If you park your car somewhere and later it is gone, that is most probably not due to vacuum fluctuations. Objects do not disappear or reappear, that would violate the law of energy conservation. In the world of quantum physics, however, things are a bit more complicated. “Due to the uncertainty principle, virtual particles can come into existence for a brief period of time”, says Igor Mazets from the Vienna University of Technology. “The higher their energy, the faster they will disappear again.”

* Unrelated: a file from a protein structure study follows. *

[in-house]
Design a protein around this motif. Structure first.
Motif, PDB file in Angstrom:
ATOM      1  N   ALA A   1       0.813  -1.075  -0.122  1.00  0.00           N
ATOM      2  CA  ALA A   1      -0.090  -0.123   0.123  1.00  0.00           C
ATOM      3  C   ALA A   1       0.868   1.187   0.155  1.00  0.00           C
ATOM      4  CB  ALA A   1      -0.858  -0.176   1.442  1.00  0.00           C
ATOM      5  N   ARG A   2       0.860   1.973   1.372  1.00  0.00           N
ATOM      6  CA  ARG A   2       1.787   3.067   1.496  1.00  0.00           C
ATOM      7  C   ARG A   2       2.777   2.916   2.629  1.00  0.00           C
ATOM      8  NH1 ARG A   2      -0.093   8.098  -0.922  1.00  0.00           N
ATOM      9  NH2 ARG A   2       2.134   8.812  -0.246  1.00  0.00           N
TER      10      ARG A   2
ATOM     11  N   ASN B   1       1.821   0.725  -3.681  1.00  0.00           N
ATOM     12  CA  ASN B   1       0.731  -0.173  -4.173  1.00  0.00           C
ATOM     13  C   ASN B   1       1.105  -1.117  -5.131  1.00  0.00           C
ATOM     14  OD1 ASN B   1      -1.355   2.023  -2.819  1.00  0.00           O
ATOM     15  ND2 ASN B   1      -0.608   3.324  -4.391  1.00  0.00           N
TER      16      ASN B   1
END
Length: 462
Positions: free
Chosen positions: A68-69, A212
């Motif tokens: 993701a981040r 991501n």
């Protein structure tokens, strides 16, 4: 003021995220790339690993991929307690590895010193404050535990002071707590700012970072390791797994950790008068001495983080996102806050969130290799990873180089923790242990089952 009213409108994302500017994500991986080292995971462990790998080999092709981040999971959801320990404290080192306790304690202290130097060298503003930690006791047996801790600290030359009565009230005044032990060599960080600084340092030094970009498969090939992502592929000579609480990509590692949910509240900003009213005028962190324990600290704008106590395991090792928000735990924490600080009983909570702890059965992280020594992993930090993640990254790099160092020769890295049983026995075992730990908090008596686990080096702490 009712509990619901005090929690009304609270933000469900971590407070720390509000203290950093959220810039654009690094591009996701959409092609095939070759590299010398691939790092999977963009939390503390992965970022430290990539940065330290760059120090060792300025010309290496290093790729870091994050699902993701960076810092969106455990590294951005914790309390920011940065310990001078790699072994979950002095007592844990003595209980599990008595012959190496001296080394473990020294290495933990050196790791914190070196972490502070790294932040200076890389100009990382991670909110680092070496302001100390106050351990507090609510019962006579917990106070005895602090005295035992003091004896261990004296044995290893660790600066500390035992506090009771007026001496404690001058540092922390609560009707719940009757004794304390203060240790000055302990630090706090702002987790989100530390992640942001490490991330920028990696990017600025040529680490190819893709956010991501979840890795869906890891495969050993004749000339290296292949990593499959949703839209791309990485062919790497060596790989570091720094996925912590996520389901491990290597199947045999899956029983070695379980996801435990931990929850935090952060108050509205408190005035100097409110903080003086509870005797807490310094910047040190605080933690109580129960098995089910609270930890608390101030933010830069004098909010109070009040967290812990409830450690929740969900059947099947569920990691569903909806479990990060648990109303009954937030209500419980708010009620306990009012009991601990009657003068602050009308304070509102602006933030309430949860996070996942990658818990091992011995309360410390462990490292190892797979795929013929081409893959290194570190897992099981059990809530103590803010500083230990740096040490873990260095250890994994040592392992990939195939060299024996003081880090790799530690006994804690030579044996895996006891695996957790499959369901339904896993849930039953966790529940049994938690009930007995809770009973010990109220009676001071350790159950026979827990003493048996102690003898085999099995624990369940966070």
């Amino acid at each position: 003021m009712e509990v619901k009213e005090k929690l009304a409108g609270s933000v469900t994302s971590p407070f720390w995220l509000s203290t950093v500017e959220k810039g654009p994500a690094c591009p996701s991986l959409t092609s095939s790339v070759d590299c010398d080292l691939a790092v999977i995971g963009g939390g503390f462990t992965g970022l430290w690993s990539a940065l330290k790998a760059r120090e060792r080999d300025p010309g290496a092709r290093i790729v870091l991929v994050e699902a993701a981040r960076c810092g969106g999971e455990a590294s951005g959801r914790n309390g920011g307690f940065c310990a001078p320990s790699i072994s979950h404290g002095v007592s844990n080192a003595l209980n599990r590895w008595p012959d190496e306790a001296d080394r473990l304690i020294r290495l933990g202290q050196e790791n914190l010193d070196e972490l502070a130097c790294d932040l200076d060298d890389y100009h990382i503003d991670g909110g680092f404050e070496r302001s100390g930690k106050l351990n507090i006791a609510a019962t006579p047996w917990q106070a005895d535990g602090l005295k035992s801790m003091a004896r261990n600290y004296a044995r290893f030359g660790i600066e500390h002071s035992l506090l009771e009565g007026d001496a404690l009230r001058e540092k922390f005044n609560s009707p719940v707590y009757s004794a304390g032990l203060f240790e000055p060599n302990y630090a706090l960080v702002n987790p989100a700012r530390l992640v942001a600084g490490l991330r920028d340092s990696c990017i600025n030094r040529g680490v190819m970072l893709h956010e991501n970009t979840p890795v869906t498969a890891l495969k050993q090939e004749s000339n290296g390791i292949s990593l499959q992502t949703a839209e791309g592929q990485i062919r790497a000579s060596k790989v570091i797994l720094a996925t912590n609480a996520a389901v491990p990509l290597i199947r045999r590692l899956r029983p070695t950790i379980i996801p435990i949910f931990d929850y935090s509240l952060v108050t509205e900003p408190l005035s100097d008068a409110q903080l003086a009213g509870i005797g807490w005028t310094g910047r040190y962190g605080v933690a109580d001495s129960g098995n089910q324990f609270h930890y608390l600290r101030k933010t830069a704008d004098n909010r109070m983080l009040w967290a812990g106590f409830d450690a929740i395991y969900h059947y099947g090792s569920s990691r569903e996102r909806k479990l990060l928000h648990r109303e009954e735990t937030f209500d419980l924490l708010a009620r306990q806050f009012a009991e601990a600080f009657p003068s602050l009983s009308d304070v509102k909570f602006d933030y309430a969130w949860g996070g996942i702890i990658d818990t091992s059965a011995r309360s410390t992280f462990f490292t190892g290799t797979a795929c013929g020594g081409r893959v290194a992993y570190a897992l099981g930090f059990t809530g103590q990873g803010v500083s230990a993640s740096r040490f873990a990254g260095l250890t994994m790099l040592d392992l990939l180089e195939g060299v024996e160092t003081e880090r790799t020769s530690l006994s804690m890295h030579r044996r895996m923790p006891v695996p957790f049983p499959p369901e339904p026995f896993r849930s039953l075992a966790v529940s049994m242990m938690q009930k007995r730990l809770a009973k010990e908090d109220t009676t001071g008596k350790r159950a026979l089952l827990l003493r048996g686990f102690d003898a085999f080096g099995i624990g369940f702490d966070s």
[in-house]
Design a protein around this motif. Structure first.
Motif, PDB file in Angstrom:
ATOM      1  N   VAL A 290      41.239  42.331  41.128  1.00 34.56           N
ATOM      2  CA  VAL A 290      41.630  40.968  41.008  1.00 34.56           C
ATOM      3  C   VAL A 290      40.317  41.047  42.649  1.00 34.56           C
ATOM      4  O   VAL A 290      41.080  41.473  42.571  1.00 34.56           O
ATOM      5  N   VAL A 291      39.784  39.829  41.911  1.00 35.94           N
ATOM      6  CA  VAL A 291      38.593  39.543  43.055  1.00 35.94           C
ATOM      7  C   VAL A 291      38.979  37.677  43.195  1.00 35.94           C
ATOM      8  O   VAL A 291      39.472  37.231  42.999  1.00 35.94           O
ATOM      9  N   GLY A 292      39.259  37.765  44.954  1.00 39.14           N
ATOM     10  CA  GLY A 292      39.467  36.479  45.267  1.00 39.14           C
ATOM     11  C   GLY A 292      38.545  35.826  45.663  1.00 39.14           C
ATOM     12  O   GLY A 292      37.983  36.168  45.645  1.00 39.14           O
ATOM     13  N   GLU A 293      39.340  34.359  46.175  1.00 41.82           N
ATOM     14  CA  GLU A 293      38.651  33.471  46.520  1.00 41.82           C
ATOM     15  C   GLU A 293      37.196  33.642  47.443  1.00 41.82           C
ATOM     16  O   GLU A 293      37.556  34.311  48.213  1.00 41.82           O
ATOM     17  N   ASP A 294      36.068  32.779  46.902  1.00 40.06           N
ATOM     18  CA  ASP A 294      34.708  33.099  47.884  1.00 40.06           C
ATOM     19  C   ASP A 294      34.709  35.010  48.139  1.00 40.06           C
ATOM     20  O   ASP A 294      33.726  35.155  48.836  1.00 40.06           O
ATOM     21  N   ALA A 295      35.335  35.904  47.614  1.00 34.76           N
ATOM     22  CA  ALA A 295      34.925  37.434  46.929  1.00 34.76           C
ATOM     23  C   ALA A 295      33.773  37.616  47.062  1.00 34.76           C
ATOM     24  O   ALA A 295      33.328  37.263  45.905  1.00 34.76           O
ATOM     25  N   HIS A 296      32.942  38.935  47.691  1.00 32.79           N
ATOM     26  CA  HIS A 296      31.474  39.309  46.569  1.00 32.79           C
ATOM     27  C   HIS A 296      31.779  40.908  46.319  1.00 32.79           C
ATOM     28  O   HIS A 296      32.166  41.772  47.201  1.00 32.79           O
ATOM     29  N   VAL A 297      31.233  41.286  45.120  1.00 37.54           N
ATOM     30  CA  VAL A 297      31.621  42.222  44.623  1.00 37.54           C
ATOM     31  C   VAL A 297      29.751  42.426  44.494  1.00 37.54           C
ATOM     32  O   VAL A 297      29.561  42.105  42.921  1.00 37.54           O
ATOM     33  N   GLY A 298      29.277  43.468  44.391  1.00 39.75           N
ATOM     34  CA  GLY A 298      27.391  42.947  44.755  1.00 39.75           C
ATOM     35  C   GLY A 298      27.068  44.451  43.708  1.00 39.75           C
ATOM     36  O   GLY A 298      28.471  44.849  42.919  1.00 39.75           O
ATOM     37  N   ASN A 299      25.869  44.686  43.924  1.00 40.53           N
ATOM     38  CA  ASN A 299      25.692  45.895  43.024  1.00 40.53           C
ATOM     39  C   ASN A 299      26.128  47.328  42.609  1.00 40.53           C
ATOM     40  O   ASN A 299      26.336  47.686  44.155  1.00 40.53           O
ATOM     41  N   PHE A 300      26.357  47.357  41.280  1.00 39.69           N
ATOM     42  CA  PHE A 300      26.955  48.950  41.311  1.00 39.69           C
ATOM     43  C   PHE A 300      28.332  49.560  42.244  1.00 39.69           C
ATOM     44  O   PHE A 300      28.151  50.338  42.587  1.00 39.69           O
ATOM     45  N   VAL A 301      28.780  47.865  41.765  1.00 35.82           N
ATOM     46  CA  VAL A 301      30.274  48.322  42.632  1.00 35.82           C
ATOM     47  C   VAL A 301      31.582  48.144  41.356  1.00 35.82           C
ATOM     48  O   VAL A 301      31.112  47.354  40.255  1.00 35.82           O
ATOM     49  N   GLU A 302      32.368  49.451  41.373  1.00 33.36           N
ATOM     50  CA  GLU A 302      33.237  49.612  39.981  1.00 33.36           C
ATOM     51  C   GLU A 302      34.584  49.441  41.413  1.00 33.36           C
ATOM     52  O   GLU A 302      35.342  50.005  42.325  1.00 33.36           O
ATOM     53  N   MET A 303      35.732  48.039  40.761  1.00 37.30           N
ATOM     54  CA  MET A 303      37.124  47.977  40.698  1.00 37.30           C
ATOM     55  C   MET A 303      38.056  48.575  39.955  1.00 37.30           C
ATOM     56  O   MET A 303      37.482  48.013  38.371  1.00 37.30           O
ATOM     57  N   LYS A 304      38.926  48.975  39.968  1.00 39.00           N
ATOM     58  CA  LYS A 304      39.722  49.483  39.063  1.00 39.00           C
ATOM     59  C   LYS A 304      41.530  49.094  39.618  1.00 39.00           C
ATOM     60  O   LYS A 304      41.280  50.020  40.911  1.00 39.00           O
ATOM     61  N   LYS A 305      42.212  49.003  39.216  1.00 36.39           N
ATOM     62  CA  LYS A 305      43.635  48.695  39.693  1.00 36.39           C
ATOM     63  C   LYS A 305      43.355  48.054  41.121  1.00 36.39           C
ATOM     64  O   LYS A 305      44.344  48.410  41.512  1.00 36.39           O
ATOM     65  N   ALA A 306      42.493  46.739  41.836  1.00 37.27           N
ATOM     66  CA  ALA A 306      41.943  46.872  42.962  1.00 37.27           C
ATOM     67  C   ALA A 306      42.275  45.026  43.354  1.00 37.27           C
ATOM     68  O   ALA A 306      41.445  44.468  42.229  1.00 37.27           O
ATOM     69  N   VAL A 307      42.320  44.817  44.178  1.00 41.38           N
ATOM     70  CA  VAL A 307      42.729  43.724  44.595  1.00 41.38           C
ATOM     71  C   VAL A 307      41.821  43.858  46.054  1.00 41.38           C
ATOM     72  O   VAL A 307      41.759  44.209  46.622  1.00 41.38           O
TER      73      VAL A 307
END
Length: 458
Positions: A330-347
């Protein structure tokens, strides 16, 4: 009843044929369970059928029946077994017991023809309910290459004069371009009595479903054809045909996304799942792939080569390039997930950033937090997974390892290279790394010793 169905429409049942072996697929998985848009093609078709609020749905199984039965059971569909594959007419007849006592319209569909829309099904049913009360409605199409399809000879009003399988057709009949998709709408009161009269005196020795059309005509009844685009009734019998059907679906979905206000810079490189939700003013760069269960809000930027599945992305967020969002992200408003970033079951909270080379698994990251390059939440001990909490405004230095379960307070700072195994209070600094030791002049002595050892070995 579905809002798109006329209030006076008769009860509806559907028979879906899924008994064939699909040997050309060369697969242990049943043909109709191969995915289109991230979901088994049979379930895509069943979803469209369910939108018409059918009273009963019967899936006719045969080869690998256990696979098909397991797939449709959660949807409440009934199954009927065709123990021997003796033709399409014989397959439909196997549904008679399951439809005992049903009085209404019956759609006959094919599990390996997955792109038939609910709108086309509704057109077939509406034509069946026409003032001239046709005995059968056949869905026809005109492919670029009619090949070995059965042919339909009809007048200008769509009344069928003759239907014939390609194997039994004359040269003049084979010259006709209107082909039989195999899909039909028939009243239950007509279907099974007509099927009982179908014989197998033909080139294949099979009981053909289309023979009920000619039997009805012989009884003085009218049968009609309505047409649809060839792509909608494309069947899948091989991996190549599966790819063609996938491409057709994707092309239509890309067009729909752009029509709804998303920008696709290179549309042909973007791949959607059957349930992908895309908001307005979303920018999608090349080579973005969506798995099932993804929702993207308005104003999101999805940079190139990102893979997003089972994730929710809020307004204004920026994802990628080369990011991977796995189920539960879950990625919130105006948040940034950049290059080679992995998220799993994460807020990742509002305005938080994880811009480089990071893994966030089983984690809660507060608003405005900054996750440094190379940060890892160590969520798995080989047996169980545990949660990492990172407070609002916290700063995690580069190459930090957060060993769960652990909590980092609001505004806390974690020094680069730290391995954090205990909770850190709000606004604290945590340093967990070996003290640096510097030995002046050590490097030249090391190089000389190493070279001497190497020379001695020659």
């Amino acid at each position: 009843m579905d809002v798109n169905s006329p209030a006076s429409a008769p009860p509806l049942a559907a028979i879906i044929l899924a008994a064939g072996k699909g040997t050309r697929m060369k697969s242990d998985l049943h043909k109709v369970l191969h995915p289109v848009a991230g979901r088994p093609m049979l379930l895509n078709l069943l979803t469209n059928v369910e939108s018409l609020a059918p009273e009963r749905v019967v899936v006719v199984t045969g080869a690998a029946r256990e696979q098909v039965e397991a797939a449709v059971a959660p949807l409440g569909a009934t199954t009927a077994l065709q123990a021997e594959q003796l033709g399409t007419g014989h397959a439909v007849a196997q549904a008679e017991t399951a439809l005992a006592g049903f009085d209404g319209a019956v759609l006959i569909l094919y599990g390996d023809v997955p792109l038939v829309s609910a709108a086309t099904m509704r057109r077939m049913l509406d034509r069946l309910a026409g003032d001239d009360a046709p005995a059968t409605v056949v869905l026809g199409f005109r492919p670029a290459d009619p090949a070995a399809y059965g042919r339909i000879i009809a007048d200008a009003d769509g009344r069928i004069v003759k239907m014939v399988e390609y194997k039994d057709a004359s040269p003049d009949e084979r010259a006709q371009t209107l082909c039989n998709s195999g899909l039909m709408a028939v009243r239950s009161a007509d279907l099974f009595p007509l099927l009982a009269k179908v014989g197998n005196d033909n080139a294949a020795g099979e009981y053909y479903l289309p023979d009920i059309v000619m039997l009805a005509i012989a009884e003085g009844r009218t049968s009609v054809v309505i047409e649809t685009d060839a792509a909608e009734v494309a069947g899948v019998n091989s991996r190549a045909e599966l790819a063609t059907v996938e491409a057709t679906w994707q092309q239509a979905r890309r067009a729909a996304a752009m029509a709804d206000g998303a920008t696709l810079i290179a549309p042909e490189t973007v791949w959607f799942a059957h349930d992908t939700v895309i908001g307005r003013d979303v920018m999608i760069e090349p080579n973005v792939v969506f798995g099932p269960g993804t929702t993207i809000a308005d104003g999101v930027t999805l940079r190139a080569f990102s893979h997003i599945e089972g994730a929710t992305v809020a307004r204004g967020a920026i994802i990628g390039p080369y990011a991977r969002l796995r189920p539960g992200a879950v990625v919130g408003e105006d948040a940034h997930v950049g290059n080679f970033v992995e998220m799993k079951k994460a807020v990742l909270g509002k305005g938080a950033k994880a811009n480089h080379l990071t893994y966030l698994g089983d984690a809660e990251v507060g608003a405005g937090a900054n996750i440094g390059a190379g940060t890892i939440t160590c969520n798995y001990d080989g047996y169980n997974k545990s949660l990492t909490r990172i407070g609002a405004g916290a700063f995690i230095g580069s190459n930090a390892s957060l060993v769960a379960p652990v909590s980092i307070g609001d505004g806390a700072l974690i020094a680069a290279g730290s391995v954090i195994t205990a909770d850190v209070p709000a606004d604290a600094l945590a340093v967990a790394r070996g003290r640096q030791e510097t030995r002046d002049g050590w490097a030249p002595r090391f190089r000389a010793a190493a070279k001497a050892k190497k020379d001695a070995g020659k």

But such virtual particles can have a measurable collective effect. At very short distances, vacuum fluctuations can lead to an attractive force between atoms or molecules – the Van der Waals forces. Even the ability of a gecko to climb flat surfaces can in part be attributed to vacuum fluctuations and virtual particles. The famous Casimir effect is another example of the power of the vacuum: The physicist Hendrik Casimir calculated in 1948 that two parallel mirrors in empty space will attract each other due to the way they influence the vacuum around them. Continue reading